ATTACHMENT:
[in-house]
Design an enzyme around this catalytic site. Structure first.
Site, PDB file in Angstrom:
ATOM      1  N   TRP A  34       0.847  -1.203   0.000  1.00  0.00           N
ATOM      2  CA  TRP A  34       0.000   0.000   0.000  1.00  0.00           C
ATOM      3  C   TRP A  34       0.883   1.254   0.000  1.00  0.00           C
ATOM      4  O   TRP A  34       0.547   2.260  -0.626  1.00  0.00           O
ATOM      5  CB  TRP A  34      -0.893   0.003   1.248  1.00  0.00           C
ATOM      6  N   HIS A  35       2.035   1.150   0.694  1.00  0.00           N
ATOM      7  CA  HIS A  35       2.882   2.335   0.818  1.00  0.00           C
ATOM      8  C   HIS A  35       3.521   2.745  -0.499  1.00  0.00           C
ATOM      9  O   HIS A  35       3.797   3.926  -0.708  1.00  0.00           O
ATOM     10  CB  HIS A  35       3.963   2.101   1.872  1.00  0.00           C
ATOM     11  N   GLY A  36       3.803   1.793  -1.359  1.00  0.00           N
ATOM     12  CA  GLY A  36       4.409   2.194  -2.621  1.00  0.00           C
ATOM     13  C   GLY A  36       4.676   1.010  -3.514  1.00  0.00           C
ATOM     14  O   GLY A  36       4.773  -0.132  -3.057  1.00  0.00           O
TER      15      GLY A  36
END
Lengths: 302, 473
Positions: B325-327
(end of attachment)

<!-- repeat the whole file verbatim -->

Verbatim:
[in-house]
Design an enzyme around this catalytic site. Structure first.
Site, PDB file in Angstrom:
ATOM      1  N   TRP A  34       0.847  -1.203   0.000  1.00  0.00           N
ATOM      2  CA  TRP A  34       0.000   0.000   0.000  1.00  0.00           C
ATOM      3  C   TRP A  34       0.883   1.254   0.000  1.00  0.00           C
ATOM      4  O   TRP A  34       0.547   2.260  -0.626  1.00  0.00           O
ATOM      5  CB  TRP A  34      -0.893   0.003   1.248  1.00  0.00           C
ATOM      6  N   HIS A  35       2.035   1.150   0.694  1.00  0.00           N
ATOM      7  CA  HIS A  35       2.882   2.335   0.818  1.00  0.00           C
ATOM      8  C   HIS A  35       3.521   2.745  -0.499  1.00  0.00           C
ATOM      9  O   HIS A  35       3.797   3.926  -0.708  1.00  0.00           O
ATOM     10  CB  HIS A  35       3.963   2.101   1.872  1.00  0.00           C
ATOM     11  N   GLY A  36       3.803   1.793  -1.359  1.00  0.00           N
ATOM     12  CA  GLY A  36       4.409   2.194  -2.621  1.00  0.00           C
ATOM     13  C   GLY A  36       4.676   1.010  -3.514  1.00  0.00           C
ATOM     14  O   GLY A  36       4.773  -0.132  -3.057  1.00  0.00           O
TER      15      GLY A  36
END
Lengths: 302, 473
Positions: B325-327